Table 2.:
Table 3.:

Attitude toward Pressure Injury Prevention

The mean score on the APuP was 2.69 ± 0.47, reflecting a moderate attitude. Of the different categories of attitudes toward pressure injury prevention, the category of “the impact of pressure ulcers” had the highest mean score (2.95 ± 0.56), and the category of “confidence in the effectiveness of prevention” had the lowest mean score (2.56 ± 0.46; Table 4).

Table 4.:

Relationship between Attitude toward and Knowledge about Pressure Injury Prevention

There was a statistically significant relationship between the total scores of the PUKT and the APuP (r = 0.30, P < .001). Of the various aspects of knowledge about pressure injury prevention, classification and observation (P = .012 and r = 0.28) and preventive measures to reduce the duration of pressure (r = 0.24, P = .035) were significantly associated with nurse attitude (Table 5).

Table 5.:

Relationships among Demographics, Knowledge, and Attitude

Comparing PUKT results by gender, education level, and work experience did not reveal any statistically significant differences (P >.05), but the mean scores by age, employment status, work experience in the ICU, and previous training did (P < .05; Table 6).

Table 6.:

Mean APuP scores, when broken down by age, sex, education level, employment status, work experience, work experience in the ICU, and training about pressure injuries, did not show a statistically significant difference (P > .05).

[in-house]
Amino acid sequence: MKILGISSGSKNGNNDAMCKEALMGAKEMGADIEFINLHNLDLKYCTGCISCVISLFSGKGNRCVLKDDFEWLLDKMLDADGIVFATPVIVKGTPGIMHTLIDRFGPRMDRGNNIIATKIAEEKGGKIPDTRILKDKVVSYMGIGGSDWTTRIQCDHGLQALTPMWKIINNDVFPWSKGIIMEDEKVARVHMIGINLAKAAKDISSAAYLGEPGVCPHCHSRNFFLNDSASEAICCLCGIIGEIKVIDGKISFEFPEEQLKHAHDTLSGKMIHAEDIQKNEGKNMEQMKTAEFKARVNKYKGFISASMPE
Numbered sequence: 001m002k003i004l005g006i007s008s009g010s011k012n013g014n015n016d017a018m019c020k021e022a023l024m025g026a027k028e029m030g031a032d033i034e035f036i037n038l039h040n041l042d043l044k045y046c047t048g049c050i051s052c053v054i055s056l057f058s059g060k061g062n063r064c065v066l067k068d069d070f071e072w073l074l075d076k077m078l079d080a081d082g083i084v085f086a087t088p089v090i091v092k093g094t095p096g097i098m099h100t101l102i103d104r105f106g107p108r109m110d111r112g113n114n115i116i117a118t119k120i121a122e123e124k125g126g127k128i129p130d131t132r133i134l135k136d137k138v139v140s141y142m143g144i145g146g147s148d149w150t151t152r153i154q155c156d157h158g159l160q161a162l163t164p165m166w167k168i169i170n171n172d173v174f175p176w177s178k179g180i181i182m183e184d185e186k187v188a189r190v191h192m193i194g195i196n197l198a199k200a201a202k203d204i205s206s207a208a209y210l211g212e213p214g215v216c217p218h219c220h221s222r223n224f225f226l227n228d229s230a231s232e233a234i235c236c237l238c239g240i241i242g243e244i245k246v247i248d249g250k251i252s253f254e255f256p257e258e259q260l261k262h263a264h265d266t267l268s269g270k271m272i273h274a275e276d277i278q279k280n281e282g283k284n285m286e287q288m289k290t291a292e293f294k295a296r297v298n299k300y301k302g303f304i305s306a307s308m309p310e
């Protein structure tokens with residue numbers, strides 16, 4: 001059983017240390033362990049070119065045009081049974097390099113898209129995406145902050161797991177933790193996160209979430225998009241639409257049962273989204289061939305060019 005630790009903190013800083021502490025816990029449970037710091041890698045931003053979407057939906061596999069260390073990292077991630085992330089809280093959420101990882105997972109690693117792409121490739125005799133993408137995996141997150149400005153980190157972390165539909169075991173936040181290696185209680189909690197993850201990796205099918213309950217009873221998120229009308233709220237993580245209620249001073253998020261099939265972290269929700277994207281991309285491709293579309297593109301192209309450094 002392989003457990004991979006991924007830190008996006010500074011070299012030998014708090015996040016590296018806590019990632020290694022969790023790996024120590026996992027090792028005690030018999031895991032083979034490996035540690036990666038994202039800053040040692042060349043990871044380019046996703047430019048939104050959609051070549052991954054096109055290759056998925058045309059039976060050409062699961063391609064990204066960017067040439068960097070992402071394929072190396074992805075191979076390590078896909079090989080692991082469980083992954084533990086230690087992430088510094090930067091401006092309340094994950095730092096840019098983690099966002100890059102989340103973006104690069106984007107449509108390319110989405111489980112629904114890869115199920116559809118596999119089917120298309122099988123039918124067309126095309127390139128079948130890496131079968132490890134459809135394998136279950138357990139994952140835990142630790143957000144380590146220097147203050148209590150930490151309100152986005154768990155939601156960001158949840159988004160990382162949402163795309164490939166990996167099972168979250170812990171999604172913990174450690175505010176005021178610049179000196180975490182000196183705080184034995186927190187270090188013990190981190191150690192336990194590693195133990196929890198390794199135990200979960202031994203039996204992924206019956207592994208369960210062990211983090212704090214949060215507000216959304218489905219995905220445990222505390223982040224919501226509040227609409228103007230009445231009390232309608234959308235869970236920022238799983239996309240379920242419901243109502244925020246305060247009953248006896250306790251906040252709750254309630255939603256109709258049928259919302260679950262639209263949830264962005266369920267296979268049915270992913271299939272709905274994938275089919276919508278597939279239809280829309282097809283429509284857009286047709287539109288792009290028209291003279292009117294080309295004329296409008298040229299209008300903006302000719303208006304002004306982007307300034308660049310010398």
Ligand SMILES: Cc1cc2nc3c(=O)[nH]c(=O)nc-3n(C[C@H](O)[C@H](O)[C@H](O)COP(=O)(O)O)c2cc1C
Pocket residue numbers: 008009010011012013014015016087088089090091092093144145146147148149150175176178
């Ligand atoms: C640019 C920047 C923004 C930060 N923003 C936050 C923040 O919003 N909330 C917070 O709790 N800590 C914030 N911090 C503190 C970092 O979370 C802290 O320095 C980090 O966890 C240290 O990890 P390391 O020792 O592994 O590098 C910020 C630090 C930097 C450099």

This study revealed that Iranian ICU nurse knowledge about pressure injury prevention is inadequate. This result is consistent with previous studies that suggested nurses had inadequate knowledge about pressure injury prevention.18,23,27,28 In Iran, Iranmanesh et al23 showed that the level of ICU nurses’ knowledge was inadequate. In Turkey, Aydin and Karadag18 had similar results. In Nigeria, Uba et al27 reported that all registered nurses working in surgical, medical, orthopedic, gynecology, obstetrics wards, and ICUs had poor knowledge of pressure injury prevention. Ilesanmi et al29 also claimed that Nigerian nurses working in medical, surgical, neurologic, and orthopedic units had inadequate knowledge in this area. Adejumo28 assessed nurse perception of pressure injury prevention for selected patients at the University College Hospital, Ibadan, Nigeria. He suggested that nurses working in the neuroscience and surgical units had inadequate knowledge in this area.28